To our readers,

Threats and attacks against freedom of expression are, unfortunately, nothing new, but two major international events in recent months have brought the issue of free speech to worldwide attention. In November, hackers (believed to be from North Korea) broke into Sony’s servers ahead of the planned holiday release of The Interview, prompting the studio to withdraw the film from most theaters. Then on January 7, two Islamic militants forced their way into the offices of French satirical magazine Charlie Hebdo and killed 12, including staff cartoonists, journalists, and a police officer. The Charlie Hebdo attack has sparked a huge outpouring of support for the right to free expression, as evidenced by the rally attended by more than one million people just days after the shootings and the five million copies sold of the first edition of Charlie Hebdo published after the attack.

Though neither the hacking of Sony nor the attack against Charlie Hebdo occurred on American soil, it would be wrong to assume that freedom of speech is a given here.

Attacks against free expression in the U.S. are seldom violent, but they occur almost every day. The ALA’s list of the most-banned titles each year, released during Banned Book Week, often surpasses 100 and reflects the continued prevalence of censorship. The level of protection Americans enjoy in terms of free speech has been hard-earned through numerous court cases, and by men and women who are willing to stand up of for their belief that free speech is vital to the success of democracy. But the right of free expression cannot be taken for granted, as the events of the past few months have shown.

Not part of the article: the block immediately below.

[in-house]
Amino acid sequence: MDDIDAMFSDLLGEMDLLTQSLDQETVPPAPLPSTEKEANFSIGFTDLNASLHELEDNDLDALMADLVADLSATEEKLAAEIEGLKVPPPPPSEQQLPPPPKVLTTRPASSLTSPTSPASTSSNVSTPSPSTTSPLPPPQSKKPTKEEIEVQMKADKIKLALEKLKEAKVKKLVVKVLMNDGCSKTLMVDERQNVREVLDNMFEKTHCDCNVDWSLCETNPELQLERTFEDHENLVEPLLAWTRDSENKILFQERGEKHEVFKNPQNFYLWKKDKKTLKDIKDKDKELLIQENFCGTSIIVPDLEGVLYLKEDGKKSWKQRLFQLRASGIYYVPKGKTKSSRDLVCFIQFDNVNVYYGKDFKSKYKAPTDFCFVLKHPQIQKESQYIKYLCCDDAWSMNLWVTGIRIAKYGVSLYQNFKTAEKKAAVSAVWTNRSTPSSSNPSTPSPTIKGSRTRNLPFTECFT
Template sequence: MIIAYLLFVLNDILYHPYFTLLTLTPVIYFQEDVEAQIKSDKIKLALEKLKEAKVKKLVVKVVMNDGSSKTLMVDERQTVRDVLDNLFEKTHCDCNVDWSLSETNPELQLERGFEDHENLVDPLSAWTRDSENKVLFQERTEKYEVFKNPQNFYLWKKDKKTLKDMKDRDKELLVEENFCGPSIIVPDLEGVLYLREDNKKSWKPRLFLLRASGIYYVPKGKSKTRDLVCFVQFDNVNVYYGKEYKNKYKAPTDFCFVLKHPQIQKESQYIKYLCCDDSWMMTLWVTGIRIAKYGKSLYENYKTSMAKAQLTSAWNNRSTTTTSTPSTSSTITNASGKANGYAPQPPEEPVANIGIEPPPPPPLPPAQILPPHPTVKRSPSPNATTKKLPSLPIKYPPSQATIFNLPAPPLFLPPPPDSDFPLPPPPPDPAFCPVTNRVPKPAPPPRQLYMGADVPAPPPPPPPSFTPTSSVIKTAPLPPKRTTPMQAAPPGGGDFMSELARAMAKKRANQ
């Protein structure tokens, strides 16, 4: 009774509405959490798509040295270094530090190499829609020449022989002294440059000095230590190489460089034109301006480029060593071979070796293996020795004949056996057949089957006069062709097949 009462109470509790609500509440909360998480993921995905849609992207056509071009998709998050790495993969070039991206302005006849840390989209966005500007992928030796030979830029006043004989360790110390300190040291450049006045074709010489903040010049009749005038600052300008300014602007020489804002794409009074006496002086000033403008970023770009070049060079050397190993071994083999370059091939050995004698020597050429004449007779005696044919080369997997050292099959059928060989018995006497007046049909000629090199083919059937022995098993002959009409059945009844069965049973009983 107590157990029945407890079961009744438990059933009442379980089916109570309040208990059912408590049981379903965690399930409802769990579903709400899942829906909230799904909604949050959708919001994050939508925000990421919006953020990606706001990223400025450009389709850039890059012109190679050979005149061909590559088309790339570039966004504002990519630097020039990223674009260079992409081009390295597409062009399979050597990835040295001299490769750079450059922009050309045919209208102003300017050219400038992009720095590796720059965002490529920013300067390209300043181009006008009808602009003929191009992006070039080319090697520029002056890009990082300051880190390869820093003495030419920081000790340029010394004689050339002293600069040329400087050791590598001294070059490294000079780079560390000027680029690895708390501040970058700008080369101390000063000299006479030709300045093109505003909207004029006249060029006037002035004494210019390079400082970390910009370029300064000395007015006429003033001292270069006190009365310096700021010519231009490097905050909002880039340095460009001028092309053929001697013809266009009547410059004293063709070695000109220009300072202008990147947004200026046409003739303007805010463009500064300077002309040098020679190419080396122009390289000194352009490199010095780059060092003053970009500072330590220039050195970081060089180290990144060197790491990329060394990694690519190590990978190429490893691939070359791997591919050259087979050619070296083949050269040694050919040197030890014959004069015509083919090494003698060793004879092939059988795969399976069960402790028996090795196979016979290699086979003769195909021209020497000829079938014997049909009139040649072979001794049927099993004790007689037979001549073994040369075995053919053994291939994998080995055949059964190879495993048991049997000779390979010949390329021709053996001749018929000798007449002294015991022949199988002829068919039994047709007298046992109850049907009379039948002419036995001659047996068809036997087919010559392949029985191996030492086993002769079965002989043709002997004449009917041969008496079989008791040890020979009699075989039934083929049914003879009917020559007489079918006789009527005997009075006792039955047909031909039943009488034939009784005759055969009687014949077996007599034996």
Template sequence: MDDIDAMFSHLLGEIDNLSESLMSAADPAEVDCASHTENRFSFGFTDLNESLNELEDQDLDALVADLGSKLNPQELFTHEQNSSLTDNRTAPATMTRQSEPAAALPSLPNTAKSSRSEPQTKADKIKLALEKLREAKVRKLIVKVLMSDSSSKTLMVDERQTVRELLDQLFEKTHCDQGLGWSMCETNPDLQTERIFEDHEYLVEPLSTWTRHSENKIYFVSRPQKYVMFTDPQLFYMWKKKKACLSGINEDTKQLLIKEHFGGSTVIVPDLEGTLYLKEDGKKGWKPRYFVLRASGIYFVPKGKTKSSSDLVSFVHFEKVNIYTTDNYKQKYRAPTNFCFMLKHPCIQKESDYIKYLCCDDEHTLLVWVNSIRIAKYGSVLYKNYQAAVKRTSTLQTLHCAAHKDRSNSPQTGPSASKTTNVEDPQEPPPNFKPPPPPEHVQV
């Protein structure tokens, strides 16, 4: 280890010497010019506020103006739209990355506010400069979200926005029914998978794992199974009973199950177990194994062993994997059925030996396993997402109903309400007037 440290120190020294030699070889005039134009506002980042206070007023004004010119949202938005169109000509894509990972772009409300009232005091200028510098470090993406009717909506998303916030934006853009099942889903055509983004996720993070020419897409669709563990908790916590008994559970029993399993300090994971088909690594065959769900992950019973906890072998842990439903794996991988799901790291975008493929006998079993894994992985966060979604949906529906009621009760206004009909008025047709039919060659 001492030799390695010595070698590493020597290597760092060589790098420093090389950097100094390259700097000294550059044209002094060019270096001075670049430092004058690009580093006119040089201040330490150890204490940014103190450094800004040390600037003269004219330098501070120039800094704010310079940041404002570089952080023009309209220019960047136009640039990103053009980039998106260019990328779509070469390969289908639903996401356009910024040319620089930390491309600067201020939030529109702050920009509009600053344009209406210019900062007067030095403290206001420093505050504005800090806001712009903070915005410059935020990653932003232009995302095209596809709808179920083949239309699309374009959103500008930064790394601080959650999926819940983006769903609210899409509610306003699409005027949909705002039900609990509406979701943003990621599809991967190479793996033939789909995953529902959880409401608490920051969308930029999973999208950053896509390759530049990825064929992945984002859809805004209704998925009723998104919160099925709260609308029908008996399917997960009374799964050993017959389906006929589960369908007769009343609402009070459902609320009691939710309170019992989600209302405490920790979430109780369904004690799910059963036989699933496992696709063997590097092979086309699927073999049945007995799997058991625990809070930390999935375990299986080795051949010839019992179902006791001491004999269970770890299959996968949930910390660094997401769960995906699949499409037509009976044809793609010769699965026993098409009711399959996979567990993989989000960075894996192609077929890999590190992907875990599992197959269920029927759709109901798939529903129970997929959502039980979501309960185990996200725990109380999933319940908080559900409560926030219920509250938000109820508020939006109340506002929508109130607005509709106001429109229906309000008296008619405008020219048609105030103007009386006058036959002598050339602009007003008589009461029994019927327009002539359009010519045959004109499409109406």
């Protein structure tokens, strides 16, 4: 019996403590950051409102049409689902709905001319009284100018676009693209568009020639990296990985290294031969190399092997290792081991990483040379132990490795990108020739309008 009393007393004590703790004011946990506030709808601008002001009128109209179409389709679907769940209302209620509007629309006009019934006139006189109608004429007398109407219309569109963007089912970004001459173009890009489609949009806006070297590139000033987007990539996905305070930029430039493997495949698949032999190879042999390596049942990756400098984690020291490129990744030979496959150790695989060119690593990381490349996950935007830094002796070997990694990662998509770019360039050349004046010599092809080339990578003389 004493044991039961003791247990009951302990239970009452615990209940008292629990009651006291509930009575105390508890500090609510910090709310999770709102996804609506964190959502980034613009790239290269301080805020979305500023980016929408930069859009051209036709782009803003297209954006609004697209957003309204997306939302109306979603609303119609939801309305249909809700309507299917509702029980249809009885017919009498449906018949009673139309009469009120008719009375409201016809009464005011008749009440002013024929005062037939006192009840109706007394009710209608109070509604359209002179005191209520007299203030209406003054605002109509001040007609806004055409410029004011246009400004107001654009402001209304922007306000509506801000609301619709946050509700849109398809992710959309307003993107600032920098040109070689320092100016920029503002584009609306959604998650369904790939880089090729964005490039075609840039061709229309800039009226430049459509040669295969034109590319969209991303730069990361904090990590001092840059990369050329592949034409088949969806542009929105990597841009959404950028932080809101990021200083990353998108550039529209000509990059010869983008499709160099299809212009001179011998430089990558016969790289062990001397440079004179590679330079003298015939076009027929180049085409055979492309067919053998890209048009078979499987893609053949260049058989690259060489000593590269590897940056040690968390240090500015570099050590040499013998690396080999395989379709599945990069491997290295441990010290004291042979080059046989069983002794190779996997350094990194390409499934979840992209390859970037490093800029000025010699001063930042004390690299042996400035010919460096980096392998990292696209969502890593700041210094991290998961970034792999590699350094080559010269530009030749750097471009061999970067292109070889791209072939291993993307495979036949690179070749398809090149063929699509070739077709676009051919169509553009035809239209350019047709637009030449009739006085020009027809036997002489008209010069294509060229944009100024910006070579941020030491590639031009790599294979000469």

Since PW began in 1872, we have stood firmly against censorship of all kinds; freedom of expression has always been central to our values and is a bedrock principle on which publishing has been built. In light of the events in Paris, we have begun raising funds to support organizations that promote these values. We want to thank members of the publishing community that have already supported our Je Suis Charlie efforts, agreeing to make contributions to the five organizations that we are directing donations to: American Booksellers for Free Expression, the International Federation of Library Associations, International PEN, the National Coalition Against Censorship, and the International Publishers Association. We would also like to thank National Geographic for offering to rearrange its advertising in this issue, allowing us to run a marvelous Je Suis Charlie illustration by French artist Benjamin Chaud on our cover; Chaud himself for the inspirational work; and Chronicle Books for making it happen.

It is heartening to see so many companies willing to step up at a moment’s notice to protect free expression, as any community that isn’t willing to defend its core values could one day see them slip away.

—The PW Staff

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